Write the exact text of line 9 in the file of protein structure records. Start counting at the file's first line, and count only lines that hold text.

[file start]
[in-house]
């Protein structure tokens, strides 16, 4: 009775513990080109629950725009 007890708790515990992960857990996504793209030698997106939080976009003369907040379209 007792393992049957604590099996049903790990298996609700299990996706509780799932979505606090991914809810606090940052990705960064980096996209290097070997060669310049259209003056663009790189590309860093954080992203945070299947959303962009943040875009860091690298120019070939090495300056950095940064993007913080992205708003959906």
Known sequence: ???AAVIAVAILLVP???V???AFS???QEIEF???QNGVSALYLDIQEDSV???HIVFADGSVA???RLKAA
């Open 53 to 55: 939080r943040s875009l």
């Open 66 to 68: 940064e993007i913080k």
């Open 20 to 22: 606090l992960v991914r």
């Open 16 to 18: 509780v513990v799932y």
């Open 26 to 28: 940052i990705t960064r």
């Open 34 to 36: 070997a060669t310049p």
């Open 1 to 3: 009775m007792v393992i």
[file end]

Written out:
């Open 34 to 36: 070997a060669t310049p």